(White Lash video: what DO we tell our kids and grandkids? The truth, all of it…)
I’m sure there are plenty of people gloating, in shock, or some even panicking, over the electoral vote for The Donald, as if this one particular presidency is going to make our life better, worse and/or different. I’m sure there are still optimists out there who think that this guy will change everything and rapidly. Or that Trump is the first common man’s president, since he’s a non-politician and considered an outspoken revolutionary.
When I was editor of Ojibwe Akiing, I recall when Jesse Ventura (left photo) was that guy too. He was elected governor of Minnesota (1999-2003) and he said (coming from a background of no political experience) that he would not meet with special interests. That was when the tribes in Minnesota requested to meet with him. This knucklehead was unaware of the federal treaties and the government-to-government relationship with tribes. In Minnesota, there are seven Anishinaabe (Chippewa, Ojibwe) reservations and four Dakota (Sioux) communities. Lackluster in his governance and low on experience, Ventura didn’t last long in the political arena. [He told tribes he had used hand grenades to catch fish. Just toss the grenade into a lake and BOOM! Yup, true story.]
We’d assume the learning curve for any non-politician to take office is pretty steep. What could possibly happen? or go wrong? or nothing happens – like with Obama who was blocked by Congress at every turn?
Other journalists and I are making a list of what is going to affect tribes in the near future with The Donald Presidency. (Like the Supreme Court Justice appointment.) Personally I don’t think the Standing Rock protectors are safe, the Dakota Access PipeLine (hashtag #NoDAPL) will proceed quickly and some protectors could actually be murdered, a bloody sacrifice for Big Oil interests. Trump invested in pipelines.
I watched the protests last night on TV. I applaud them but will it work?
My husband is a mix of African American and Native American. He has lived through many presidents and has lived a very different experience than me, one that is hard for me to fathom. Frisked for being black? The Danger of DWB: Driving while Black? Hands Up: Don’t Shoot Me (or us)??
Can you for one minute imagine that?
This is real life in America. Not wanting to take a leisurely drive to hill-towns near us because he could be a target and shot in cold blood by some random rifle-carrying racist? Don’t take unnecessary risks? This is his thinking, yet I can only imagine what it’s been like for him; I cannot live his experience in his skin but I am living it my own way.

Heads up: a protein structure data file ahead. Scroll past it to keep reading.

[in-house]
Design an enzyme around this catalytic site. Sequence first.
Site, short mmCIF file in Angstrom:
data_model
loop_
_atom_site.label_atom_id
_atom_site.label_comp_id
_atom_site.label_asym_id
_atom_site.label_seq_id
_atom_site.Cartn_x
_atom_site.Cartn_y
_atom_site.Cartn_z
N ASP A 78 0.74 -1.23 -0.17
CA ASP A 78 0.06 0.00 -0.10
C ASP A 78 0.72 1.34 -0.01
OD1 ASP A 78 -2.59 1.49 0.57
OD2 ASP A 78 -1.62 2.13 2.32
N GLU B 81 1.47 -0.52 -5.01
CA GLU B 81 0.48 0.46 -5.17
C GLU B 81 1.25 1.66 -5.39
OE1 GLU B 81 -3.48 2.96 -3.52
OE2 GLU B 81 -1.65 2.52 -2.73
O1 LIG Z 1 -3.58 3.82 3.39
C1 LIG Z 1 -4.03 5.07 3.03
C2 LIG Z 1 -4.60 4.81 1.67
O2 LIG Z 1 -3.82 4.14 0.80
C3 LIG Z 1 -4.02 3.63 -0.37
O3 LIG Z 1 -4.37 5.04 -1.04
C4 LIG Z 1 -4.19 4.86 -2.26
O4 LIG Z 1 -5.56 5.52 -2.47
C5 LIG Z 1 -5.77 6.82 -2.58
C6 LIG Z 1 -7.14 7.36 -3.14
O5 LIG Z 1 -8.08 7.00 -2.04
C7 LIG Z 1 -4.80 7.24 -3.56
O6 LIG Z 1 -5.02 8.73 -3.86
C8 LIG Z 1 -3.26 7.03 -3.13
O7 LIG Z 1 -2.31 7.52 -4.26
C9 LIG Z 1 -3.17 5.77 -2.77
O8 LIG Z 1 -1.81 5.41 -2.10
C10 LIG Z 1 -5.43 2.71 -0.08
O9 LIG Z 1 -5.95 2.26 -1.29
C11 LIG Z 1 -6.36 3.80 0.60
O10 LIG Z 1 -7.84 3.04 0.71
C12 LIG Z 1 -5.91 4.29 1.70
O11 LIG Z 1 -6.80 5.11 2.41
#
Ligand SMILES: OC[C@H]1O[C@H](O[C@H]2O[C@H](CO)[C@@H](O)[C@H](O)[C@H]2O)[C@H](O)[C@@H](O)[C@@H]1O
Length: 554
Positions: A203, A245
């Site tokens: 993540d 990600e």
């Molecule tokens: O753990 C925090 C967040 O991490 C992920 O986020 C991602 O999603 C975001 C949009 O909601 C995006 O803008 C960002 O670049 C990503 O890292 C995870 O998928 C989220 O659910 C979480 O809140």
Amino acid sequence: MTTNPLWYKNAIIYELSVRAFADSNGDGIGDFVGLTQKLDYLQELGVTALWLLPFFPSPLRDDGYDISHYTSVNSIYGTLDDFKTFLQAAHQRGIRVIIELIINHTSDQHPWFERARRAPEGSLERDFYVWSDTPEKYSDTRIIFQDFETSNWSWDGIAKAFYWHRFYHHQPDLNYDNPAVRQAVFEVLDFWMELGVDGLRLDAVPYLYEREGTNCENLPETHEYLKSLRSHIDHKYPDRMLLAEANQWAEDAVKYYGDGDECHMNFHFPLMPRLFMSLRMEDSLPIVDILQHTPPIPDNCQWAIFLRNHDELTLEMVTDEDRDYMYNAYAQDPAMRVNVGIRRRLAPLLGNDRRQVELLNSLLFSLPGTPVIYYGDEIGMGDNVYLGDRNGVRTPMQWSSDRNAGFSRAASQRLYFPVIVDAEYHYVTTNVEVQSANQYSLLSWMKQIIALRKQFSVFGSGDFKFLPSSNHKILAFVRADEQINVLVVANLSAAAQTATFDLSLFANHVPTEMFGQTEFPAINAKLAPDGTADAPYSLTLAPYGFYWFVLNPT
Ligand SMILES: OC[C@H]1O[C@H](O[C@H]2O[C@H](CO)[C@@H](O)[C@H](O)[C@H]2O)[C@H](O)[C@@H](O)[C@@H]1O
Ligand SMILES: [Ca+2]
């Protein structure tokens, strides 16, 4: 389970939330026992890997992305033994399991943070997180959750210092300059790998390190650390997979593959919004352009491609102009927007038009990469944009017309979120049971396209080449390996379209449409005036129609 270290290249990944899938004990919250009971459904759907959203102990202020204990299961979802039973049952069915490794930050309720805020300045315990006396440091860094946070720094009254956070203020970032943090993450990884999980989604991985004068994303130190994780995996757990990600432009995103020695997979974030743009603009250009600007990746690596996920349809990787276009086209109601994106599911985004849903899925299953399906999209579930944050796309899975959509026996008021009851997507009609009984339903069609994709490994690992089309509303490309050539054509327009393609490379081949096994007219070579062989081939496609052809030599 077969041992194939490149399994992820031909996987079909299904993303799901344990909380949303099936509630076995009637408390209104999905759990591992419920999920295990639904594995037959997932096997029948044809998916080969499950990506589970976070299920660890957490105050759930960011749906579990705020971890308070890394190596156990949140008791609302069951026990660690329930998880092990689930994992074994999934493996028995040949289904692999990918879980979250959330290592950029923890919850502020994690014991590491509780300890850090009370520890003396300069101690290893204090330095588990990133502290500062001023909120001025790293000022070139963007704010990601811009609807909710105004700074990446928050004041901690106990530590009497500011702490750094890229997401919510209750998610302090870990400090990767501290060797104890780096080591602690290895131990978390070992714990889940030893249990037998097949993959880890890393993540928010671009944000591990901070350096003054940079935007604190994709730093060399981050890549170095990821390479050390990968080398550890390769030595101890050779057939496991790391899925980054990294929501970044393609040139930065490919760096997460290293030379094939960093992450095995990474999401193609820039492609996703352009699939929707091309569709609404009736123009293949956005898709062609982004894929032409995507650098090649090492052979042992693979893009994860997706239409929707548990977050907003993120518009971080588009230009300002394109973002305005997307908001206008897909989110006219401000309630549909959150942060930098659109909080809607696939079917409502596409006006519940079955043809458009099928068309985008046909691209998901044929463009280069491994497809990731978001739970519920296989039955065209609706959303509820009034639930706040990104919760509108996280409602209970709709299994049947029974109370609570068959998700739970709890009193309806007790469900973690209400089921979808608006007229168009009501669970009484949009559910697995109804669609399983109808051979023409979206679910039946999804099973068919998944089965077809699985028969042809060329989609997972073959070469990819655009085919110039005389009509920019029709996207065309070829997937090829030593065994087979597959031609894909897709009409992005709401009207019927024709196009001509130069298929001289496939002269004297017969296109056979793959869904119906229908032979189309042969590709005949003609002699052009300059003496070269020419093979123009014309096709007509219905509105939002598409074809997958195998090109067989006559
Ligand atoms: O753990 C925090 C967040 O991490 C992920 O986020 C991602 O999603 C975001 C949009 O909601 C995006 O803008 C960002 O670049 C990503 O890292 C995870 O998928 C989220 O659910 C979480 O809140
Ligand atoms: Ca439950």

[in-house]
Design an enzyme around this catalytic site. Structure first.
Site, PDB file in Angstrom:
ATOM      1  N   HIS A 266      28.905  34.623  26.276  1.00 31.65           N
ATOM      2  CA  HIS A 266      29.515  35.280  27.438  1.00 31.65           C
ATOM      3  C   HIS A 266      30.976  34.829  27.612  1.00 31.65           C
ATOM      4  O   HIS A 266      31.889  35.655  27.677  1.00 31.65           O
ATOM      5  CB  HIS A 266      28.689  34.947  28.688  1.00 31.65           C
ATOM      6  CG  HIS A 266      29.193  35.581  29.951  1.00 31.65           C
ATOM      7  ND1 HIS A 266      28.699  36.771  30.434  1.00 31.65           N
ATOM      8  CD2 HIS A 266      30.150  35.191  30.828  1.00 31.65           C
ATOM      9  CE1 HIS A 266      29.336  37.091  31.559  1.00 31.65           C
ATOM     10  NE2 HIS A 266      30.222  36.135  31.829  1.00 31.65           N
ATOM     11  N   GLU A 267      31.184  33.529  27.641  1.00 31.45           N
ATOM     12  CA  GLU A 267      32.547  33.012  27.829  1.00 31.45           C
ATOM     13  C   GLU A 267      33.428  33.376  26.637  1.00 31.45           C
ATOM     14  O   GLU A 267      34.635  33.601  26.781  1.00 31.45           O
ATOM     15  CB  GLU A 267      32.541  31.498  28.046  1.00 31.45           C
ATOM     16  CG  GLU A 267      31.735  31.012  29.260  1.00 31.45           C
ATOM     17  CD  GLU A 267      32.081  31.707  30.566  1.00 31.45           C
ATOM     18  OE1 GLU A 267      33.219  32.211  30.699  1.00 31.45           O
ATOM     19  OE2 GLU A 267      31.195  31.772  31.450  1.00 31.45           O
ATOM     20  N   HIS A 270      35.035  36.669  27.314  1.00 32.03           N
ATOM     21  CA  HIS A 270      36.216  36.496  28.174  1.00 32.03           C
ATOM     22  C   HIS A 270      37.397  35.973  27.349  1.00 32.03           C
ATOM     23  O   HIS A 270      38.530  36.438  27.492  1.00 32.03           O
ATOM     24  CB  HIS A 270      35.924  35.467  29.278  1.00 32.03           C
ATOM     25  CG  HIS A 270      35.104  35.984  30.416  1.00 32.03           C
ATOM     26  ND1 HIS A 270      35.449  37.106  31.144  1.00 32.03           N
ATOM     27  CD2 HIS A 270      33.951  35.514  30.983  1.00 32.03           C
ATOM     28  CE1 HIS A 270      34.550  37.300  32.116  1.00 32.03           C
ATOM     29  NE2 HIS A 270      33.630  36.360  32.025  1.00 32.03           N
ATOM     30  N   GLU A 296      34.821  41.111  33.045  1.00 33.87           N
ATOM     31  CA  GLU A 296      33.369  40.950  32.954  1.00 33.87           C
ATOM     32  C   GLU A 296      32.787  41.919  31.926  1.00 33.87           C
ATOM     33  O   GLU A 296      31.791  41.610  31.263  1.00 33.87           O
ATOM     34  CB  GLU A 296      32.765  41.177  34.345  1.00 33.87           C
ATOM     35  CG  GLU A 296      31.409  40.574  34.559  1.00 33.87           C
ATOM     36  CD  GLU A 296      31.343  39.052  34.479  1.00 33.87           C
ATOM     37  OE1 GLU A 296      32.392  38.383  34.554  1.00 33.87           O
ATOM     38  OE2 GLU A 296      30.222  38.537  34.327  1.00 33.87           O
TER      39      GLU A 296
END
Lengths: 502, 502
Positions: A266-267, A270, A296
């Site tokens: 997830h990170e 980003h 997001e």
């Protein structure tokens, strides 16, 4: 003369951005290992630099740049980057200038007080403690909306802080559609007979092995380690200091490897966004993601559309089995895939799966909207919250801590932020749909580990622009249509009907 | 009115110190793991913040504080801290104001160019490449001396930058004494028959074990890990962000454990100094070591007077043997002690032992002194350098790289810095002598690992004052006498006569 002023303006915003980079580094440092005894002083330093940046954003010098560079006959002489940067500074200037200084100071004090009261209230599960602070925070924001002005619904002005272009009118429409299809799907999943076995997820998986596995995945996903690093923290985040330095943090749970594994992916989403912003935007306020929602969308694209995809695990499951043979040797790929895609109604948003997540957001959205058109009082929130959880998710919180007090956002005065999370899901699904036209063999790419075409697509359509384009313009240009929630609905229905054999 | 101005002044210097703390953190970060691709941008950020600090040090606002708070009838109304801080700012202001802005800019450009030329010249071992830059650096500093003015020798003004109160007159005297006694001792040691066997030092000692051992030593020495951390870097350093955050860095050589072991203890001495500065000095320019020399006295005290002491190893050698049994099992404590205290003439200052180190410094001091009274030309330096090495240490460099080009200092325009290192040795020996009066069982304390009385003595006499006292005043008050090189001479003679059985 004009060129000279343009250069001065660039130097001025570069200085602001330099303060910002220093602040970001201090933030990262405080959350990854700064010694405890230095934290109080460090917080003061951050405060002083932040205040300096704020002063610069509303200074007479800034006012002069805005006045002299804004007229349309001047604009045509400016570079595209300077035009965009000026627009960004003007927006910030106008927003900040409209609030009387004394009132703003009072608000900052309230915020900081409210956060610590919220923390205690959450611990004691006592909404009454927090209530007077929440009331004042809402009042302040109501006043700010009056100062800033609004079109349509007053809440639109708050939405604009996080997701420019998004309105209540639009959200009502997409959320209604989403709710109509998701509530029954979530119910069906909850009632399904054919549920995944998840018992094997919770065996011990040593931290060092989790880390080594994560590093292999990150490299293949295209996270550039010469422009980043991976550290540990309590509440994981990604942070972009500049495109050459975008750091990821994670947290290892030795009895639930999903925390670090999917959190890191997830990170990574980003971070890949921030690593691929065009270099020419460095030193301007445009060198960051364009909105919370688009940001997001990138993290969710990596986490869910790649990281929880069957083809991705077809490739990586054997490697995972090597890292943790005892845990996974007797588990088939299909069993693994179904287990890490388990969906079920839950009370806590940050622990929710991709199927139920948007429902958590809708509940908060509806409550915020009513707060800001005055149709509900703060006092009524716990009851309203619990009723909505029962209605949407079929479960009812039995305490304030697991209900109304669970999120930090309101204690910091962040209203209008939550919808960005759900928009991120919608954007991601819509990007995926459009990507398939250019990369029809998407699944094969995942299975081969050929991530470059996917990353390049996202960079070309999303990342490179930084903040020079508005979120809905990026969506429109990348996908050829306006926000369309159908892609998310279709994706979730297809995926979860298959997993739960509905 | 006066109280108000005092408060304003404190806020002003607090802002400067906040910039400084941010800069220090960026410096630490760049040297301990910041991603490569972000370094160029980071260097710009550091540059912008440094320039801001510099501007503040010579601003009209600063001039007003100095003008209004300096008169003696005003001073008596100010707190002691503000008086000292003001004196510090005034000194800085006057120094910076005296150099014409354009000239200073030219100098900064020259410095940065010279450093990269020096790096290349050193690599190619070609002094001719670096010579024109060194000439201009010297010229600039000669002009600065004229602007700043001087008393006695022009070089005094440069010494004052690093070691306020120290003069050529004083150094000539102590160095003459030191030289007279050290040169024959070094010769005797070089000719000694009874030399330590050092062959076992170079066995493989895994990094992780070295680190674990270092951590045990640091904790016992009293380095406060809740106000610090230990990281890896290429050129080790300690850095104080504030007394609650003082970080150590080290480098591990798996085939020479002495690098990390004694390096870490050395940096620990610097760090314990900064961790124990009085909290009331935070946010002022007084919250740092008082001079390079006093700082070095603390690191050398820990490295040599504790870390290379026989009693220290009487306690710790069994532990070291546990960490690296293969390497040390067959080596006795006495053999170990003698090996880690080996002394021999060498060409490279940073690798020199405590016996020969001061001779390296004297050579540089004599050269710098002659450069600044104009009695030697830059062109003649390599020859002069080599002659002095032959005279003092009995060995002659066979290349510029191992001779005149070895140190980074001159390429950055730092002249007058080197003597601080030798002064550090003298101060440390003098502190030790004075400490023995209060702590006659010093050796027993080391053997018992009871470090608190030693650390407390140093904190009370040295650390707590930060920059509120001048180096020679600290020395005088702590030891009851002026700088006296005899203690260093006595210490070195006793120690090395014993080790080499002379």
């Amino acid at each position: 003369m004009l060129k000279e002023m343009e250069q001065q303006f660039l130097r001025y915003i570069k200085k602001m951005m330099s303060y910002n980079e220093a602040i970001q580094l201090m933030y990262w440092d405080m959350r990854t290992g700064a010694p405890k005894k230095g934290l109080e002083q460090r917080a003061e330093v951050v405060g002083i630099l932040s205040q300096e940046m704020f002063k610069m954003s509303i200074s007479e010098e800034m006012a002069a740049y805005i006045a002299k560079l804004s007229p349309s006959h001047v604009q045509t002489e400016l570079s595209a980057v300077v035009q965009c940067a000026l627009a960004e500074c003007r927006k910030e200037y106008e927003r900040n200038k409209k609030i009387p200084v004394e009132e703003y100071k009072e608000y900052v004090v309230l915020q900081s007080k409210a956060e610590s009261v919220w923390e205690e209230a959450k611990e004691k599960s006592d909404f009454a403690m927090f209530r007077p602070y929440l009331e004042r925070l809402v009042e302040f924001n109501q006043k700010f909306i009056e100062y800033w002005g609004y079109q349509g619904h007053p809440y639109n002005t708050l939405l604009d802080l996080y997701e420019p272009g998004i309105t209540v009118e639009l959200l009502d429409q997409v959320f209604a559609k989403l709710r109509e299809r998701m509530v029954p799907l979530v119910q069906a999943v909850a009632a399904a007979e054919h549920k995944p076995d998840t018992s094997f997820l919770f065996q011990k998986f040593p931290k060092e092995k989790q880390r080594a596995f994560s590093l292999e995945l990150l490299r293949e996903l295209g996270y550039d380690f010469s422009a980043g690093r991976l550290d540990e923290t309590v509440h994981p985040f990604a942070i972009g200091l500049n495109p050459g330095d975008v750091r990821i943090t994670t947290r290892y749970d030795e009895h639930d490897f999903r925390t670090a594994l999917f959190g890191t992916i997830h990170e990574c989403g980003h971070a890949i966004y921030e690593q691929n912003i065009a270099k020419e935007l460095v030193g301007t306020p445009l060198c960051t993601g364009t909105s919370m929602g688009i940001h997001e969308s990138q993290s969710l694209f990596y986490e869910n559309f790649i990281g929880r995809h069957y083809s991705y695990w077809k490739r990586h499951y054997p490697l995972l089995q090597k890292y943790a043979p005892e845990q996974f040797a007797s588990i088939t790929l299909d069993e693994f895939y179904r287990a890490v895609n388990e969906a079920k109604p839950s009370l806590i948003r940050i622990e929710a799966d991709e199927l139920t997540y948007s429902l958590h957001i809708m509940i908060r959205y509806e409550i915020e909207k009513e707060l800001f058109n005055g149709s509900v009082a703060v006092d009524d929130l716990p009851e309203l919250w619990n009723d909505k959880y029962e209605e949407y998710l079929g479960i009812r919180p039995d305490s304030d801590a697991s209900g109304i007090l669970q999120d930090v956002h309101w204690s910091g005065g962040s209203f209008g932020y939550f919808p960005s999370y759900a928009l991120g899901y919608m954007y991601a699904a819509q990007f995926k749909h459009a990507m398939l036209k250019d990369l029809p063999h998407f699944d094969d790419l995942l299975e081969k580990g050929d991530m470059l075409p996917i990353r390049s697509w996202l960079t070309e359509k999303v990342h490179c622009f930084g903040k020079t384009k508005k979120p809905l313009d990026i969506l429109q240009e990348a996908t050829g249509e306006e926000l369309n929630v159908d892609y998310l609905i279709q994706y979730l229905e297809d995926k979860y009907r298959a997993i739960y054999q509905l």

My husband could be killed. That has been and will continue to be my fear and my reality and more so, due to The Donald presidency.
What I fear most with the Donald President is an increase in racial violence and police killings of non-white Americans. It’s a real fear, one that was witnessed in the campaign rallies when non-whites were targets, and Trump eagerly encouraged it. It’s hard to tell what “the real Donald is”, as in real life. Was his campaign all “show”? It felt poisonous. Is he dangerous and a psychopath?
I am afraid of Trump and many many other people are, too.
Wishing this would end won’t help us now. I cannot stop feeling that it’s our reality now.
I ask for your prayers that we rise up united and reject racism at its foundation and core and not be the racist misogynist sexist country that Trump is/was/or will be encouraging.
Thank you for reading this blog! Peace and Love UNITED…
— Paul Joseph Watson (@PrisonPlanet) November 9, 2016
***Wikipedia: Trump’s populist positions in opposition to illegal immigration and various free trade agreements, such as his opposition to the Trans-Pacific Partnership, have earned him support especially among white blue-collar voters and voters without college degrees. Many of his remarks have been controversial and have helped his campaign garner extensive coverage by the mainstream media, trending topics, and social media.
“From the start, Trump targeted the (mostly) white working class, which happens to be 40 percent of the country. And he’s done it not just with issues, but with how he talks — the ball-busting, the “bragging,” the over-the-top promises… But it speaks volumes — whole encyclopedias — about the ignorance of our political and media elites that they’re only now realizing that much of what Trump’s been doing is just busting balls. It’s a blue-collar ritual, with clear rules — overtly insulting, sure, but with infinite subtleties. It can be a test of manliness, a sign of respect, a way of bonding and much more. Why Trump Wins
Ventura in 2016
Read about the Ventura legacy:
***Ventura’s campaign was unexpectedly successful, with him narrowly defeating both the Democratic and Republican candidates. The highest elected official to ever win an election on a Reform Party ticket, Ventura left the Reform Party a year after taking office amid internal fights for control over the party. [WIKI*]